Charles “Charlie” Duncan McIver was born on September 27, 1860, to Henry McIver and Sarah “Sallie” Harrington McIver in Moore County, North Carolina.
He began his formal education following his 8th birthday at a local one-room schoolhouse in Moore County. McIver enjoyed hunting rabbits, fox, squirrels, opossums, and raccoons and did regular chores on his father’s farm during the summer and after school until he entered the University of North Carolina (UNC) in Chapel Hill in 1877. While at UNC, he made good grades and won a medal for Greek studies the spring of his sophomore year.
In 1881, McIver graduated from UNC and accepted the assistant headmaster position at the Presbyterian Male Academy in Durham, North Carolina, making $45.00 a month. McIver was elected principal of the newly established graded high school in Durham in 1882. After two years, he resigned his position in Durham for a teaching position at the Winston Graded School in Winston, North Carolina, where he met his future wife, Lula Martin. They were married on July 29, 1885 and had four children.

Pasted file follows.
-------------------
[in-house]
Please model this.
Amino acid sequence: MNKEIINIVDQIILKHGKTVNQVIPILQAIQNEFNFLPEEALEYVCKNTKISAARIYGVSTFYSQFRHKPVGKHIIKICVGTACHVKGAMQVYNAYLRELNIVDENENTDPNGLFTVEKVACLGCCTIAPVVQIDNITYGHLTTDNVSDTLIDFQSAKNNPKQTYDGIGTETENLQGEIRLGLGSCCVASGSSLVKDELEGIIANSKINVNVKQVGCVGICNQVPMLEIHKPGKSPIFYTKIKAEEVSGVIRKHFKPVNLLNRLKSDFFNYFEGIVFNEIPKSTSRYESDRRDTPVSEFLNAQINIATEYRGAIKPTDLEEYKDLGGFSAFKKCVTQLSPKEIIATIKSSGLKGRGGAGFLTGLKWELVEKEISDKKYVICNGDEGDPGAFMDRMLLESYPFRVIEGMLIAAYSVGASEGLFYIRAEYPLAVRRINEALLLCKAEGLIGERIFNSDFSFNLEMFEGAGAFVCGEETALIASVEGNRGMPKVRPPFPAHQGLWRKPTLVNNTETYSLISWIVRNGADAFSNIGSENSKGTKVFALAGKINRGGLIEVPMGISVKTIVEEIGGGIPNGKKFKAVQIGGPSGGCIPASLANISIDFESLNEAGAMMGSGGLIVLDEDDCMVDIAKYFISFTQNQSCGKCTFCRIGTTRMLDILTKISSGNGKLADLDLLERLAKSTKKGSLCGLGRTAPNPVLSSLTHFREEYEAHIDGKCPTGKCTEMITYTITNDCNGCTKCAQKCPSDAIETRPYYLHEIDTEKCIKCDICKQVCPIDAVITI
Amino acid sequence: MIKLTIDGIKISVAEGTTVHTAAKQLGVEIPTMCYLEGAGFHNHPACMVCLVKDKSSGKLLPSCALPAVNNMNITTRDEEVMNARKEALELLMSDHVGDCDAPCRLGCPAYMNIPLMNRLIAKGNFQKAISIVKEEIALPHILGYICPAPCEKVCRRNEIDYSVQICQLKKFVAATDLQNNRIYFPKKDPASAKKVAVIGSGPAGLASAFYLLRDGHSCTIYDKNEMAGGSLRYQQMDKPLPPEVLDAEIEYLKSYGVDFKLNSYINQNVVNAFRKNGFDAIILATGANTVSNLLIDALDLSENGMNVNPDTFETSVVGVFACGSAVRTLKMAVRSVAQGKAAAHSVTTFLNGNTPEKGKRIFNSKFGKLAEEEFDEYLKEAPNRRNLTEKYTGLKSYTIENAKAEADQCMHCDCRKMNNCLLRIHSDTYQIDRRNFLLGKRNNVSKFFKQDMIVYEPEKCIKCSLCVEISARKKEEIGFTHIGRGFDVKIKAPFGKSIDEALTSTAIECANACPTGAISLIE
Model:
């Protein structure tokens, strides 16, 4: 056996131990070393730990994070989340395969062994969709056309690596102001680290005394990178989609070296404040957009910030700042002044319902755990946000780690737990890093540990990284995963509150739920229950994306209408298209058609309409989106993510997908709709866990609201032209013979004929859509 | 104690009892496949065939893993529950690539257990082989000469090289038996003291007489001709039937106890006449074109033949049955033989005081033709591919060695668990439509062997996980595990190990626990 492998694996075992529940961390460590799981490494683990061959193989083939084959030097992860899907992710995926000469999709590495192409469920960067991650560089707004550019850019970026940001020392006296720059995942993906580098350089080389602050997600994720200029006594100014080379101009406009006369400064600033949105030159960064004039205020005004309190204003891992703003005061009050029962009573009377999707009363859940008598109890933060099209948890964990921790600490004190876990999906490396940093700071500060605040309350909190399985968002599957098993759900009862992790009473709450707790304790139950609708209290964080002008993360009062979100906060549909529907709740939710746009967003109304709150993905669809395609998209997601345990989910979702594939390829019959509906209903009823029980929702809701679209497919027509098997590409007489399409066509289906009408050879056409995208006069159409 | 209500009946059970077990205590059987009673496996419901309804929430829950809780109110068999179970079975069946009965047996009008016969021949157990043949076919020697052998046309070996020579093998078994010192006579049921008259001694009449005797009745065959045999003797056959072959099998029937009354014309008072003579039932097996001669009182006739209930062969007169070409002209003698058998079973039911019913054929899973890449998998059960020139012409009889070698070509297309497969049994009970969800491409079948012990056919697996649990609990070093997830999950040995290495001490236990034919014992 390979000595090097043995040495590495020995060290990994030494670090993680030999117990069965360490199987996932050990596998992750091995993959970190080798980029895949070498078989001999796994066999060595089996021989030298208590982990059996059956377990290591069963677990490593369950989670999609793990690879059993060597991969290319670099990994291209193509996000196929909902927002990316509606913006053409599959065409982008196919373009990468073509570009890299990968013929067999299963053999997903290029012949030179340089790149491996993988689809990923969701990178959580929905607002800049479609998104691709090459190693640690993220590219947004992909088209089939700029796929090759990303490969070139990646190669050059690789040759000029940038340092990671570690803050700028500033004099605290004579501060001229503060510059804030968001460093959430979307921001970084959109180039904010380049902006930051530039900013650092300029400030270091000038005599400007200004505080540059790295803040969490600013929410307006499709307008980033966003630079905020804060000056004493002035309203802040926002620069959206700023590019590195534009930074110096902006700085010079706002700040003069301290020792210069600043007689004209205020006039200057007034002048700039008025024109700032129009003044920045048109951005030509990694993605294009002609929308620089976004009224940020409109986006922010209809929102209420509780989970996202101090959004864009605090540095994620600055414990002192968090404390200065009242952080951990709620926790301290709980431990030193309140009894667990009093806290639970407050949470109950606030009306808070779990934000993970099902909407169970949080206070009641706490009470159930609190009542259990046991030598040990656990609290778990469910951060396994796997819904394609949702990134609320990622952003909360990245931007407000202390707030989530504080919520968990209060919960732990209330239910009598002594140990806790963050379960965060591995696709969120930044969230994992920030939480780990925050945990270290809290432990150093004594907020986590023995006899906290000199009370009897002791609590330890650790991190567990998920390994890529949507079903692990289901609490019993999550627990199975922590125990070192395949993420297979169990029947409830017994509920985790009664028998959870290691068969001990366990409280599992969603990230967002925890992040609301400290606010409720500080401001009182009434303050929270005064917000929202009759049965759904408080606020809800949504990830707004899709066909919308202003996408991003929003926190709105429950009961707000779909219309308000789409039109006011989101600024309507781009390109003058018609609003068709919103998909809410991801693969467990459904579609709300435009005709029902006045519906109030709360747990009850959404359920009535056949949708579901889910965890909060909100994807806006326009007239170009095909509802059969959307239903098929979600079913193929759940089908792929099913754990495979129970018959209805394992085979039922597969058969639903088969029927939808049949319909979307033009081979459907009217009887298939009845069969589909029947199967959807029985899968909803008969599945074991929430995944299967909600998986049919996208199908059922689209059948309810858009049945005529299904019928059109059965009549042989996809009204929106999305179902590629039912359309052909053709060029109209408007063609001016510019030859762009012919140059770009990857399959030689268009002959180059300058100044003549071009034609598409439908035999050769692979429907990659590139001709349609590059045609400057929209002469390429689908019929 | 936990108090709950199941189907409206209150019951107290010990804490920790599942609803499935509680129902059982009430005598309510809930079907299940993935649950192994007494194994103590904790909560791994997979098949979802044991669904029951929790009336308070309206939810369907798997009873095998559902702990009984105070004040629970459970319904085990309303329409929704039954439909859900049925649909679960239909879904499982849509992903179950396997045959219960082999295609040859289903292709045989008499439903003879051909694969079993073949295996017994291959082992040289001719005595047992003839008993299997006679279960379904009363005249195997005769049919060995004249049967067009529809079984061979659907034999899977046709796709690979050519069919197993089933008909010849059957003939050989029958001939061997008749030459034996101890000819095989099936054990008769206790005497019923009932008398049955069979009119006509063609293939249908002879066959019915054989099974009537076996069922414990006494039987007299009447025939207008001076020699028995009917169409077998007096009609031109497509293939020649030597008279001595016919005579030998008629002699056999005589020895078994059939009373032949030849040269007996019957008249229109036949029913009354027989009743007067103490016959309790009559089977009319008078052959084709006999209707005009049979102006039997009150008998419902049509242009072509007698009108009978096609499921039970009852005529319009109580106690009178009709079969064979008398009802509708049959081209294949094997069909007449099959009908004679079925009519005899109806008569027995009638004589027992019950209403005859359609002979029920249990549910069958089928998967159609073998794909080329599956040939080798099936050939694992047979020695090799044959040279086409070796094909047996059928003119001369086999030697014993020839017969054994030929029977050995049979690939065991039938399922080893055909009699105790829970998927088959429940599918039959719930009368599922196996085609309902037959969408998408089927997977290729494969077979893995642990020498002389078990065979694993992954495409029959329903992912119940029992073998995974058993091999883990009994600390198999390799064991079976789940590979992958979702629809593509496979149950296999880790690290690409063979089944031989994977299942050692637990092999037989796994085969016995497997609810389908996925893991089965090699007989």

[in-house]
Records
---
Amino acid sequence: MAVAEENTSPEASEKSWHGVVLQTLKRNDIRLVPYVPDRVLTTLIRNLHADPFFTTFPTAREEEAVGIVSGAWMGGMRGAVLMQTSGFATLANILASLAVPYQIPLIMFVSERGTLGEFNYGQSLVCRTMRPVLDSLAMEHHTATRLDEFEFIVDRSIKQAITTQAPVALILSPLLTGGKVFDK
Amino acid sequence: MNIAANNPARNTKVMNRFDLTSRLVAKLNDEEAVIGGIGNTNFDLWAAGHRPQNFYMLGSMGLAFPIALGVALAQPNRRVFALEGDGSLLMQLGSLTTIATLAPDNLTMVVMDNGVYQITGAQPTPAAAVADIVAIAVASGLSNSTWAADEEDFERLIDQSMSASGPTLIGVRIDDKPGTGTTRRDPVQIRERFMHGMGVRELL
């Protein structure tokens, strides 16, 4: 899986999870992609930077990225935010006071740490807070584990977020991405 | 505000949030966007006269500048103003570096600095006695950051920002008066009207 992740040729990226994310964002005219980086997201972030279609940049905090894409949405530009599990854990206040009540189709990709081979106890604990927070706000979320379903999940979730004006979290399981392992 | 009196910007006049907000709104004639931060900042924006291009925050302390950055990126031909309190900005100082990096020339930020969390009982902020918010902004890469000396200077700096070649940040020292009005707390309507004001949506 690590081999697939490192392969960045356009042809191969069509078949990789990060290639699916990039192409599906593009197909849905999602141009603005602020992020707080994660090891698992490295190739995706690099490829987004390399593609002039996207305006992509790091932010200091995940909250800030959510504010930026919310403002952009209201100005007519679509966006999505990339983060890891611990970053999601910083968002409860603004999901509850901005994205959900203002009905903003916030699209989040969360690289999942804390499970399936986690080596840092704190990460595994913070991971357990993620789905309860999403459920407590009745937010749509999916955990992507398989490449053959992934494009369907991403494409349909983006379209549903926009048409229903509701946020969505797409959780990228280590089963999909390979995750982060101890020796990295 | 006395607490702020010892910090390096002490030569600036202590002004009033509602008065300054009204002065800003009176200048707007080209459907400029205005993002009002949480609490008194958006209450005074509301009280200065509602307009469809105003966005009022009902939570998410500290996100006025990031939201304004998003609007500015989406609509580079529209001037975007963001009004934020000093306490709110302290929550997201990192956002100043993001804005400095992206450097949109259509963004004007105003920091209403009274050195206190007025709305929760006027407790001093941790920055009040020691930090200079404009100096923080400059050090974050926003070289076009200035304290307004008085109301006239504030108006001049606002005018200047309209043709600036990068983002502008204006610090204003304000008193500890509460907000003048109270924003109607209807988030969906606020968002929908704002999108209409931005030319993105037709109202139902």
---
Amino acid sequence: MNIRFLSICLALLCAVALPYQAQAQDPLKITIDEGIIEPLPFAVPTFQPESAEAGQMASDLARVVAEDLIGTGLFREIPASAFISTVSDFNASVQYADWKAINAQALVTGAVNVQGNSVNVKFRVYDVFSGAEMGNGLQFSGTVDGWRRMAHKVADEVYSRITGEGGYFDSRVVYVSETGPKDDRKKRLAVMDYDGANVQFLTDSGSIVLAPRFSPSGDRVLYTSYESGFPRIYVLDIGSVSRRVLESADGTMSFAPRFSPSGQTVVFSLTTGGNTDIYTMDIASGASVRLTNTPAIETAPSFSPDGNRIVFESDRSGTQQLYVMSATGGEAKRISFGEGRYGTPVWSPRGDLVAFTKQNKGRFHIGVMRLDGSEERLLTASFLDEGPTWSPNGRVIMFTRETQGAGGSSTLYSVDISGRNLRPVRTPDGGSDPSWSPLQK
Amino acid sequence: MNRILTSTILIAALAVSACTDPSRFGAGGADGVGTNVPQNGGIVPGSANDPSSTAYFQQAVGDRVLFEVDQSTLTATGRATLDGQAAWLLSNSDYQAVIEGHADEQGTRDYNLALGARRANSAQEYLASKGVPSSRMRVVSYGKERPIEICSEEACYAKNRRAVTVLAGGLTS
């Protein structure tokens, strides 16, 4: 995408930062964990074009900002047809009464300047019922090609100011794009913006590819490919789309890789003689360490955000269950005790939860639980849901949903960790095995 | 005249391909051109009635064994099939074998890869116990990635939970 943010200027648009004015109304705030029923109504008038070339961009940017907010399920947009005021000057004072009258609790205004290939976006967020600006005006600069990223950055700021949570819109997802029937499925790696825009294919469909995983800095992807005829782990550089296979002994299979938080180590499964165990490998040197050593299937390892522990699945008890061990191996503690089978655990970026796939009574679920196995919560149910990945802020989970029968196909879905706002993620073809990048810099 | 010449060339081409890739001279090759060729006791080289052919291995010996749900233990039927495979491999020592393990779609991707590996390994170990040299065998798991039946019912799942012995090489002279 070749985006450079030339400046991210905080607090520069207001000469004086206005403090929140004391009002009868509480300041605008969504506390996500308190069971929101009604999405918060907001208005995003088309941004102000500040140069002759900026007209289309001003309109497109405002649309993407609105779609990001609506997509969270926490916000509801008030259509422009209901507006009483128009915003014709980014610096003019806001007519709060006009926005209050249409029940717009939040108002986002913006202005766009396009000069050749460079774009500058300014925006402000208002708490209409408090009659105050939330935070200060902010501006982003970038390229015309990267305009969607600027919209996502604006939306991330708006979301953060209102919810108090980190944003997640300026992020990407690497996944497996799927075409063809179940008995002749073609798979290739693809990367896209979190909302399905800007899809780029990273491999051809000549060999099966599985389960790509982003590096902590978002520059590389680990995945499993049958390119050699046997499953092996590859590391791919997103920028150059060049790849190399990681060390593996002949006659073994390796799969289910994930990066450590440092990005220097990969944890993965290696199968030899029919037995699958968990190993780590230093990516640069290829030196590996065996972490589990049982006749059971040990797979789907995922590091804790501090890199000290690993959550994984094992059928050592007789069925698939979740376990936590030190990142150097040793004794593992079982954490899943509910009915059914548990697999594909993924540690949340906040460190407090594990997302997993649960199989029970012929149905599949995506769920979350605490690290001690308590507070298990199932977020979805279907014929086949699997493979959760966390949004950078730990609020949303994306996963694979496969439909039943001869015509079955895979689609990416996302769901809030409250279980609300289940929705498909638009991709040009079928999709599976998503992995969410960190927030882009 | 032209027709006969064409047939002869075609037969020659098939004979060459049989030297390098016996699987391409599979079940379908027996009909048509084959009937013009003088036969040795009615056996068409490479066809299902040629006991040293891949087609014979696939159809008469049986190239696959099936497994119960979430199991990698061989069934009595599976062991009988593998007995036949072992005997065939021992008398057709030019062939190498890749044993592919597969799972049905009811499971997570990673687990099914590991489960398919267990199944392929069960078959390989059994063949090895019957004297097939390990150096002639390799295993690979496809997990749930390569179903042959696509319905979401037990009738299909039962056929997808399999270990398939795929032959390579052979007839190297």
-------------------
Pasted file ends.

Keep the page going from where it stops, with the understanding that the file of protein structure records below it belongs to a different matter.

McIver accepted the position of head of the literary department at Peace Institute, a girl’s school in Raleigh, North Carolina, in 1886. While in Raleigh, he lobbied for a normal or teacher training school for women.
In 1889, he and Edwin A. Alderman were chosen by the Office of the Superintendent of Public Instruction to conduct a series of teacher institutes to instruct teachers and enlighten the public about the need for a normal school in North Carolina.
With an annual salary of $2,500.00, McIver was appointed the first president of the newly established State Normal and Industrial School in Greensboro, North Carolina, in 1891.
Unfortunately, he died on September 17, 1906, at the age of 45; however, he did see his dream of founding a college to educate women in North Carolina realized – that institution is now known as The University of North Carolina at Greensboro.
An exhibit celebrating McIver’s birthday will be on display in Jackson Library next to the Reference Desk until October 11, 2010. From October 11th until the end of the year, the exhibit will be on display in the Jackson Library/Elliott University Center Connector.